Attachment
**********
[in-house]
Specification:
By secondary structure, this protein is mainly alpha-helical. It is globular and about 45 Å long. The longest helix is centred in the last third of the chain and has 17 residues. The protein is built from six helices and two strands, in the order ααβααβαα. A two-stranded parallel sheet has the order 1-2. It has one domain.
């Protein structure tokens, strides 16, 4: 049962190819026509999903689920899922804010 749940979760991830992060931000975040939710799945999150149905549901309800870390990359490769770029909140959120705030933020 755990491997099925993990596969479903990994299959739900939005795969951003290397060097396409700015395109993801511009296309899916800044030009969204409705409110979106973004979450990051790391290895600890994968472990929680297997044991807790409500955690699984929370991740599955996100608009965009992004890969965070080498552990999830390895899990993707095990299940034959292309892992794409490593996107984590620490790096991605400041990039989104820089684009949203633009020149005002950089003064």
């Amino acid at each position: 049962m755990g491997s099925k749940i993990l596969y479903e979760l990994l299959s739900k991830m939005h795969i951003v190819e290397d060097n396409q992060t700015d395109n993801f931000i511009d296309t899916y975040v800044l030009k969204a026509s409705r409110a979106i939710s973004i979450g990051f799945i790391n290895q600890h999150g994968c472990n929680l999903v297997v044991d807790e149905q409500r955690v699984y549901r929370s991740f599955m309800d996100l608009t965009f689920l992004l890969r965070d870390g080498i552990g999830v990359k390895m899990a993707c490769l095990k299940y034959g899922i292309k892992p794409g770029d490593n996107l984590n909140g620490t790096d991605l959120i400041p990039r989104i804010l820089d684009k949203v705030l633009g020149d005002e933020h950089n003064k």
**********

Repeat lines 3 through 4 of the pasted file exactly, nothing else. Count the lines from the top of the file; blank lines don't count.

By secondary structure, this protein is mainly alpha-helical. It is globular and about 45 Å long. The longest helix is centred in the last third of the chain and has 17 residues. The protein is built from six helices and two strands, in the order ααβααβαα. A two-stranded parallel sheet has the order 1-2. It has one domain.
């Protein structure tokens, strides 16, 4: 049962190819026509999903689920899922804010 749940979760991830992060931000975040939710799945999150149905549901309800870390990359490769770029909140959120705030933020 755990491997099925993990596969479903990994299959739900939005795969951003290397060097396409700015395109993801511009296309899916800044030009969204409705409110979106973004979450990051790391290895600890994968472990929680297997044991807790409500955690699984929370991740599955996100608009965009992004890969965070080498552990999830390895899990993707095990299940034959292309892992794409490593996107984590620490790096991605400041990039989104820089684009949203633009020149005002950089003064």